Harry Potter: And the Billion Dollar Franchise

If you don’t know what this week is, be very very ashamed of yourself. Thursday night leads up to midnight, July 15: the opening of

Holy crap! Look how much money we made!

Harry Potter and the Deathly Hallows worldwide. And to commemorate such an awesome occasion I am going to blog about Harry Potter every day. About the books, characters, universe, and my personal experiences with it.

There’s no doubt, Harry Potter is a phenomenon.

And Rowling has made quite a few galleons off of her fantasy series about a boy wizard who goes to wizarding school.

Of course, the biggest money maker is the eight-part movie series based on the novels, and the novels have sold millions of copies. She’s written supplements and a children story book based on the series. People can buy replica wands and robes and time turners. Harry Potter action figures. Sorting Hats. Personalized Hogwarts Acceptance Letters. Replica Invisibility Cloaks. Sheet music. Sweater Vests. Replica Marauder Maps. Scarves. Hogwarts earrings. Board games. Internet puppet shows. HP-themed mouspads!

Not to mention a really awesome theme park in Orlando!

J.K. Rowling is the 1062nd richest person in the world, which is quite feat indeed. Recently, she announced the release of Pottermore, “an interactive reading experience.” Whatever that means, I am stoked. As I said, what really sparked the money-maker was the advent of the film series, but the books have obviously sold well on their own. Because of the money that’s been made, it’s pretty obvious that the Harry Potter franchise has been the largest franchise based on a book ever.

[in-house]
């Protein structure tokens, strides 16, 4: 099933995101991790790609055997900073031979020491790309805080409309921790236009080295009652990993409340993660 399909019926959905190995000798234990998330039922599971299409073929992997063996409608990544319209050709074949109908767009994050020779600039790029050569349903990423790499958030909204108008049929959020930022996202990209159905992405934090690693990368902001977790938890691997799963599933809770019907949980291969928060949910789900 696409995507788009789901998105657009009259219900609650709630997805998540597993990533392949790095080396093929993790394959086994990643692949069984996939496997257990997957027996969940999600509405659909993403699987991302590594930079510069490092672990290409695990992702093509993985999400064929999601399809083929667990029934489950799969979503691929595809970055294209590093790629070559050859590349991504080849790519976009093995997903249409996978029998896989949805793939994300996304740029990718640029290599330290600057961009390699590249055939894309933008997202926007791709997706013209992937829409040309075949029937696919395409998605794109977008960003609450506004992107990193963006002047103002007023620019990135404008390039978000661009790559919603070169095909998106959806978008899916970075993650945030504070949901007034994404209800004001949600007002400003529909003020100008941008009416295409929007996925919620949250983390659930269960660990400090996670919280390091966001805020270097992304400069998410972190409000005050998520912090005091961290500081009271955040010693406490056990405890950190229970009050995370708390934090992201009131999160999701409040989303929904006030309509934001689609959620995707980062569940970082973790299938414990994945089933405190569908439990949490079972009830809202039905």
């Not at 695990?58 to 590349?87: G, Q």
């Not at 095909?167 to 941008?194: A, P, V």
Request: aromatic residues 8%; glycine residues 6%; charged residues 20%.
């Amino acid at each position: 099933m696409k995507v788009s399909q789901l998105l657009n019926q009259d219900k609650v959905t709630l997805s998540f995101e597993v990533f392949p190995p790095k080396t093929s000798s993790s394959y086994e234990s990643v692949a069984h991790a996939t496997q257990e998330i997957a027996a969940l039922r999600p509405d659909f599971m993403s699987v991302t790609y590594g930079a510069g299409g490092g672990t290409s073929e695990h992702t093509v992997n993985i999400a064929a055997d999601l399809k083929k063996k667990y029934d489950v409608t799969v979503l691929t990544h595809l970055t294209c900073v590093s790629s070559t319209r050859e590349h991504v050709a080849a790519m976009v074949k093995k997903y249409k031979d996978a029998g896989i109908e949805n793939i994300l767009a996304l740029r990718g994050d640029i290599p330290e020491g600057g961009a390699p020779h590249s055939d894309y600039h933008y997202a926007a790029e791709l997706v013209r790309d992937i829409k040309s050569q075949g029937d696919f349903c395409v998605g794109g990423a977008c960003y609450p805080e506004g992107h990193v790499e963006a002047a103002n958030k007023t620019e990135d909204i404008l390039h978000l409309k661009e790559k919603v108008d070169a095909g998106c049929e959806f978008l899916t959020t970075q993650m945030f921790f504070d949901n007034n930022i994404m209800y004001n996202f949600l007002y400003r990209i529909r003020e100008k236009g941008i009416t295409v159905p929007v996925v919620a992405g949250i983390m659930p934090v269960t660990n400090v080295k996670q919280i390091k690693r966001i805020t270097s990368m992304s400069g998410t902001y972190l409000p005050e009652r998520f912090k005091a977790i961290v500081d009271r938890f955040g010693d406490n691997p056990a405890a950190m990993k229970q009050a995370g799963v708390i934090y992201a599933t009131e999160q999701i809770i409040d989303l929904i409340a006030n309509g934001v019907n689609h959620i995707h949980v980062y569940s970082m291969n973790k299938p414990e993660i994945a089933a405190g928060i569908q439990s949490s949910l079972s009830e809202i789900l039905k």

It’s every writers dream to make billions of dollars off of their books, but J.K. Rowling worked hard. Harry Potter began on a train ride from Manchester to London. Rowling says,

“I had been writing almost continuously since the age of six but I had never been so excited about an idea before. I simply sat and thought, for four (delayed train) hours, and all the details bubbled up in my brain, and this scrawny, black-haired, bespectacled boy who did not know he was a wizard became more and more real to me.”

The first book was published in 1997, seven years after first coming up with the idea. That blows me away. Seven years. She says she spent 7 years forming the plots for the novels, so she was already sure what she wanted to do when she began. That is commitment right there, and it shows in her writing. There will be another post on how much of a BAMF J.K. Rowling is.

What I’m saying is, this series had humble beginnings, and now it is this awesomely immense franchise. Many things come to mind when one says Harry Potter, and no one can say it hasn’t helped kids read more books. These are books that people wait all night in line just to purchase. I will be among the hordes of muggles in wizard garb lined up in the late afternoon on Thursday, primed to see the epic ending of my childhood.

The thing is, even non-fans have heard of Harry Potter. Harry Potter has sparked parades and parties and protests and theme bands and courtroom dramas!

So, even a muggle knows… magic is definitely going on here.

About derekberry

Derek Berry is a novelist, poet, and student located in Charleston, SC.

Posted on July 12, 2011, in books, Harry Potter, JK Rolwing, publishing, writer, YA. Bookmark the permalink. 1 Comment.

  1. Great Job, Derek! What does BAMF mean?

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